There will be a hearing this Wednesday, March 26, from 4:00 to 5:00 pm in Room 135 of the State House, on a bi-partisan bill to stop building schools on contaminated land in Rhode Island. The bill is controversial (as evidenced in this post by Alex Moore on RIFuture.org and the ensuing discussion) in that Woonsocket is currently in the process of building a new middle school on a remediated site, and members of the community there want to maintain control over their project and move forward. It is unclear how this issue will be dealt with — some have suggested that strategically, it might make sense to make an exception to the bill for Woonsocket’s project. Others have questioned whether this would be allowing another school to be built on a site which has contamination issues with long-term health hazards.
In this post, Alex fleshes out the history of environmental justice and the way in which this bill will help move us toward better environmental safety for our schools:
Some legislators at the State House have thankfully decided to put environmental justice on this year’s agenda by putting in a bi-partisan bill to stop building schools on contaminated land (H-7577). Please take one minute to thank these legislators and ask other decision makers to support this important bill by clicking here.
Why do schools, especially in low-income districts & communities of color, continue to get built on contaminated land?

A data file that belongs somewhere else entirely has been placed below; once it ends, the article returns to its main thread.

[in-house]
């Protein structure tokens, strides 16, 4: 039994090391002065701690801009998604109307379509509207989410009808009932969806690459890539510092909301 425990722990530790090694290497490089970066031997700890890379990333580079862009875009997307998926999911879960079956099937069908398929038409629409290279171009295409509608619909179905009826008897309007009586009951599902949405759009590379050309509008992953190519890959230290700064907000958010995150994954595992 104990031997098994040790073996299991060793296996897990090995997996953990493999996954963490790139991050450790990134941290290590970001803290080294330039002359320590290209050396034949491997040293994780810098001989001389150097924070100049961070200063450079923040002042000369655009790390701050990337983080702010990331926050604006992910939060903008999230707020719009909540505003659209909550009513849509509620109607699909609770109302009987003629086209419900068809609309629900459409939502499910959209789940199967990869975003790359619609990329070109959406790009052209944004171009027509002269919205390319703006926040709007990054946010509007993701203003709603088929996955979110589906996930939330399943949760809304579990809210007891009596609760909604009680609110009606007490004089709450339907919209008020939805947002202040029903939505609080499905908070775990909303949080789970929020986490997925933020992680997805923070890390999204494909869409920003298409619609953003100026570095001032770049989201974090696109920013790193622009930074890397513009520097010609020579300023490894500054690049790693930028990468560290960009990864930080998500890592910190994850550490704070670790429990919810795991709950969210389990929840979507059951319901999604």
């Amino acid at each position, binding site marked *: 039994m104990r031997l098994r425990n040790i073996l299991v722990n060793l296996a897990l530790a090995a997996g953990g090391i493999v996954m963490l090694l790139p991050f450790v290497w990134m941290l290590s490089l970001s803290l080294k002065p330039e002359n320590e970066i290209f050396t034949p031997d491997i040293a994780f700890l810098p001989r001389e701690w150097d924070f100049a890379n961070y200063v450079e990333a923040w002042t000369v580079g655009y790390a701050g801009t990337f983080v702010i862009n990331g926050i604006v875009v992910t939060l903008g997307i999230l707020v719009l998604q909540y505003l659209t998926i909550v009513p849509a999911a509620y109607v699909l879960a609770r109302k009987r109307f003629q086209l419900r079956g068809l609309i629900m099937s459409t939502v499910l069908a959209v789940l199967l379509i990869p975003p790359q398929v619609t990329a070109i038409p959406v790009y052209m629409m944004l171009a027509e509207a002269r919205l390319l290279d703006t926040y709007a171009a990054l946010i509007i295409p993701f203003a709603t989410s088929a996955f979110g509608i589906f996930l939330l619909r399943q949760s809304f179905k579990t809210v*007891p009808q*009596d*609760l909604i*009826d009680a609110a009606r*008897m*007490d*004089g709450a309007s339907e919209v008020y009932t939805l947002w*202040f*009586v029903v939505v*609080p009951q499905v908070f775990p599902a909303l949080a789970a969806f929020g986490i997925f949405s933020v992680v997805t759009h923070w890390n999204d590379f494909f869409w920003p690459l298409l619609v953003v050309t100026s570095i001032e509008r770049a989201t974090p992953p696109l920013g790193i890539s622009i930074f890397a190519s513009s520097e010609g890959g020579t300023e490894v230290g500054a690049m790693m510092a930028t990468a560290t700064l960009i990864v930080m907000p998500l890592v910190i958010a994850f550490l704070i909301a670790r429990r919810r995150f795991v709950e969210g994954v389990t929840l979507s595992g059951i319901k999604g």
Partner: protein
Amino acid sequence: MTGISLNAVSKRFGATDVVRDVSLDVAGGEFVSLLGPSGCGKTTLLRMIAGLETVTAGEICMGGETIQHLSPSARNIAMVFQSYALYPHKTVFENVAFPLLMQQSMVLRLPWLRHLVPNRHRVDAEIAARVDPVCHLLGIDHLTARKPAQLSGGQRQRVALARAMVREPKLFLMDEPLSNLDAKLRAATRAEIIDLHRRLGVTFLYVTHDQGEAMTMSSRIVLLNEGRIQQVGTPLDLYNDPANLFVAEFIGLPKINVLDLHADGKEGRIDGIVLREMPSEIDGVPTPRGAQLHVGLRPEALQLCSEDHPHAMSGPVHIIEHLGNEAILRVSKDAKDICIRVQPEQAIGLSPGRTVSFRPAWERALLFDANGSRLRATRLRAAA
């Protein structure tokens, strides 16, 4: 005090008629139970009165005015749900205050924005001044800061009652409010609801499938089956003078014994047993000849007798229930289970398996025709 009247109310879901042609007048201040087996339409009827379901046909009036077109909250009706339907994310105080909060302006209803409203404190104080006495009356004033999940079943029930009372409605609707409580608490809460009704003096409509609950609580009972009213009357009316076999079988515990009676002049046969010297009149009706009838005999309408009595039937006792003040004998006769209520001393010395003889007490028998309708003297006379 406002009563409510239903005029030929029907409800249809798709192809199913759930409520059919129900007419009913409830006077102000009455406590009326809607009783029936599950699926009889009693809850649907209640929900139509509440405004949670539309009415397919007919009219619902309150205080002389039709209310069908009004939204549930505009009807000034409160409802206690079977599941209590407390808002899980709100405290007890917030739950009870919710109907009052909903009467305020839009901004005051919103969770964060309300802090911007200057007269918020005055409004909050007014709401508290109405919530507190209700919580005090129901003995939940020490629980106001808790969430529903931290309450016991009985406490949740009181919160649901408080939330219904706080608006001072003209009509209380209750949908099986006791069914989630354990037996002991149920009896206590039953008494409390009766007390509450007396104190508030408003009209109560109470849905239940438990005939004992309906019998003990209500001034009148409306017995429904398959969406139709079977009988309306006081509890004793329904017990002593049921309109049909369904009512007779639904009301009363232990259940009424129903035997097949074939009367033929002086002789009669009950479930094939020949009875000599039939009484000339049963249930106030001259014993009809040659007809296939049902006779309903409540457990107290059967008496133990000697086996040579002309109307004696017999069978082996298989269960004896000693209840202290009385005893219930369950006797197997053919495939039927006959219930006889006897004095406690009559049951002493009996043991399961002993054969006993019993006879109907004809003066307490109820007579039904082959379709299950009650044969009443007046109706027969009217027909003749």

–They are in desperate need of new schools.
–They are stuck with a lot of contaminated land – usually due to factories shutting down – that developers won’t touch.
–They think it’s cost effective because they can foot most clean up and construction costs to the state.
–They don’t take expensive monitoring and long-term maintenance costs into account; schools built on contaminated land in Providence are already exhibiting expensive problems (faulty air quality equipment, broken foundations, etc.) shortly after being constructed – not only are these problems costly in financial terms, but they put kids and teachers at risk of health problems.
–They don’t take into account that scientific standards for “safe” levels of toxins are changing fast; today’s standards may no longer be applicable in a few years.
–They sell communities on the idea of a wonderful new school, but usually keep parents and kids in the dark about potential hazards and use unfair, expedited review processes to rush jobs through. When the community learns the truth, it’s usually too late.
–More lucrative & desirable land is sold to developers who tend to build condos or offices on it; kids get stuck going to schools on former dumps and toxic waste sites.
This is nothing new – it has been going on for over 3 decades in cities and states across the country.
The question is, how much longer are we knowingly going to allow this shameful practice to keep happening?
As Dr. King said:
â€œOur lives begin to end the day we become silent about things that matter.â€?
If you can’t attend the hearing but still want to encourage your legislators to support this bill, you can participate by clicking here.